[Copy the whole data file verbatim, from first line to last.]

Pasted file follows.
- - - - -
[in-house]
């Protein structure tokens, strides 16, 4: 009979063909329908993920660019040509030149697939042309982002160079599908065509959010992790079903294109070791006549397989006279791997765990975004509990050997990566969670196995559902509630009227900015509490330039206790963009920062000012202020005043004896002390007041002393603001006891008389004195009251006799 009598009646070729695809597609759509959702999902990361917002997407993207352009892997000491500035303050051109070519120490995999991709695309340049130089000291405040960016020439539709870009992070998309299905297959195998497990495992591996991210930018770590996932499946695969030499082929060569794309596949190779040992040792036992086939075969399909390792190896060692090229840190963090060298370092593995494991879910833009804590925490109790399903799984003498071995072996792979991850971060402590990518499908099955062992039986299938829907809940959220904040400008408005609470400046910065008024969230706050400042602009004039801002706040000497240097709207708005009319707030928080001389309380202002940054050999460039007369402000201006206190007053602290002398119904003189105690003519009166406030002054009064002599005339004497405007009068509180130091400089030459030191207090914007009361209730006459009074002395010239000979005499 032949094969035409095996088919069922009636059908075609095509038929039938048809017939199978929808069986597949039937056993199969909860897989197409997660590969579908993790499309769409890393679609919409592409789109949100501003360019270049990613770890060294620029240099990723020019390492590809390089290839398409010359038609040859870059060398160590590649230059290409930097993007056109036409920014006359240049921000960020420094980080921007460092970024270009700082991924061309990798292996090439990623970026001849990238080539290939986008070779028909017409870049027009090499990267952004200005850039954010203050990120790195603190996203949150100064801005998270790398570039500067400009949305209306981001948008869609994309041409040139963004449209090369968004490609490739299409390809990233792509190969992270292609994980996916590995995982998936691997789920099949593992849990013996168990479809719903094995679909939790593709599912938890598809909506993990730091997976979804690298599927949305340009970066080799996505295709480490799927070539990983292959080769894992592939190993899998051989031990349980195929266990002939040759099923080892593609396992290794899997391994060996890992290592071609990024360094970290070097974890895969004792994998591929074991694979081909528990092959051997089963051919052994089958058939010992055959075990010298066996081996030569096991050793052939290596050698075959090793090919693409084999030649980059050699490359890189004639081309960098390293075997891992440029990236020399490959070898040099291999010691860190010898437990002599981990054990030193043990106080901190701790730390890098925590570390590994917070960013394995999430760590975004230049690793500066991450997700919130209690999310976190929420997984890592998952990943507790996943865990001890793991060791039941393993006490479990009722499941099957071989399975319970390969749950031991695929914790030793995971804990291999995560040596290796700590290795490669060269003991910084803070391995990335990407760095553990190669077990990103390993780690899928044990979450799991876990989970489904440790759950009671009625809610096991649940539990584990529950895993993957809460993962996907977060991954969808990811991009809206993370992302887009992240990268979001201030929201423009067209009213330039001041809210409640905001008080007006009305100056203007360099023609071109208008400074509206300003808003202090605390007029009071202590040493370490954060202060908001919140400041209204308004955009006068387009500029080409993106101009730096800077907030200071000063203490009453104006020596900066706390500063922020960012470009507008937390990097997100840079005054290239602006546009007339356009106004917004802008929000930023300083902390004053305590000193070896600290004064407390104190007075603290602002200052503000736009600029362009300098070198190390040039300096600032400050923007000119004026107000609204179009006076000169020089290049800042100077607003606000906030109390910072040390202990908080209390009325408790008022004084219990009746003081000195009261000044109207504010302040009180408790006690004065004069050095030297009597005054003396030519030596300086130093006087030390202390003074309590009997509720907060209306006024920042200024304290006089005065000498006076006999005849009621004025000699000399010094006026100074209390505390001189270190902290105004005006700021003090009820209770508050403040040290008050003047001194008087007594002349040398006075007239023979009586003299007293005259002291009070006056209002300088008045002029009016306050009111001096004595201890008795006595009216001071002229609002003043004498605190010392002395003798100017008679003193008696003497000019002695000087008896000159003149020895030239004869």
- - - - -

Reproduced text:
[in-house]
């Protein structure tokens, strides 16, 4: 009979063909329908993920660019040509030149697939042309982002160079599908065509959010992790079903294109070791006549397989006279791997765990975004509990050997990566969670196995559902509630009227900015509490330039206790963009920062000012202020005043004896002390007041002393603001006891008389004195009251006799 009598009646070729695809597609759509959702999902990361917002997407993207352009892997000491500035303050051109070519120490995999991709695309340049130089000291405040960016020439539709870009992070998309299905297959195998497990495992591996991210930018770590996932499946695969030499082929060569794309596949190779040992040792036992086939075969399909390792190896060692090229840190963090060298370092593995494991879910833009804590925490109790399903799984003498071995072996792979991850971060402590990518499908099955062992039986299938829907809940959220904040400008408005609470400046910065008024969230706050400042602009004039801002706040000497240097709207708005009319707030928080001389309380202002940054050999460039007369402000201006206190007053602290002398119904003189105690003519009166406030002054009064002599005339004497405007009068509180130091400089030459030191207090914007009361209730006459009074002395010239000979005499 032949094969035409095996088919069922009636059908075609095509038929039938048809017939199978929808069986597949039937056993199969909860897989197409997660590969579908993790499309769409890393679609919409592409789109949100501003360019270049990613770890060294620029240099990723020019390492590809390089290839398409010359038609040859870059060398160590590649230059290409930097993007056109036409920014006359240049921000960020420094980080921007460092970024270009700082991924061309990798292996090439990623970026001849990238080539290939986008070779028909017409870049027009090499990267952004200005850039954010203050990120790195603190996203949150100064801005998270790398570039500067400009949305209306981001948008869609994309041409040139963004449209090369968004490609490739299409390809990233792509190969992270292609994980996916590995995982998936691997789920099949593992849990013996168990479809719903094995679909939790593709599912938890598809909506993990730091997976979804690298599927949305340009970066080799996505295709480490799927070539990983292959080769894992592939190993899998051989031990349980195929266990002939040759099923080892593609396992290794899997391994060996890992290592071609990024360094970290070097974890895969004792994998591929074991694979081909528990092959051997089963051919052994089958058939010992055959075990010298066996081996030569096991050793052939290596050698075959090793090919693409084999030649980059050699490359890189004639081309960098390293075997891992440029990236020399490959070898040099291999010691860190010898437990002599981990054990030193043990106080901190701790730390890098925590570390590994917070960013394995999430760590975004230049690793500066991450997700919130209690999310976190929420997984890592998952990943507790996943865990001890793991060791039941393993006490479990009722499941099957071989399975319970390969749950031991695929914790030793995971804990291999995560040596290796700590290795490669060269003991910084803070391995990335990407760095553990190669077990990103390993780690899928044990979450799991876990989970489904440790759950009671009625809610096991649940539990584990529950895993993957809460993962996907977060991954969808990811991009809206993370992302887009992240990268979001201030929201423009067209009213330039001041809210409640905001008080007006009305100056203007360099023609071109208008400074509206300003808003202090605390007029009071202590040493370490954060202060908001919140400041209204308004955009006068387009500029080409993106101009730096800077907030200071000063203490009453104006020596900066706390500063922020960012470009507008937390990097997100840079005054290239602006546009007339356009106004917004802008929000930023300083902390004053305590000193070896600290004064407390104190007075603290602002200052503000736009600029362009300098070198190390040039300096600032400050923007000119004026107000609204179009006076000169020089290049800042100077607003606000906030109390910072040390202990908080209390009325408790008022004084219990009746003081000195009261000044109207504010302040009180408790006690004065004069050095030297009597005054003396030519030596300086130093006087030390202390003074309590009997509720907060209306006024920042200024304290006089005065000498006076006999005849009621004025000699000399010094006026100074209390505390001189270190902290105004005006700021003090009820209770508050403040040290008050003047001194008087007594002349040398006075007239023979009586003299007293005259002291009070006056209002300088008045002029009016306050009111001096004595201890008795006595009216001071002229609002003043004498605190010392002395003798100017008679003193008696003497000019002695000087008896000159003149020895030239004869």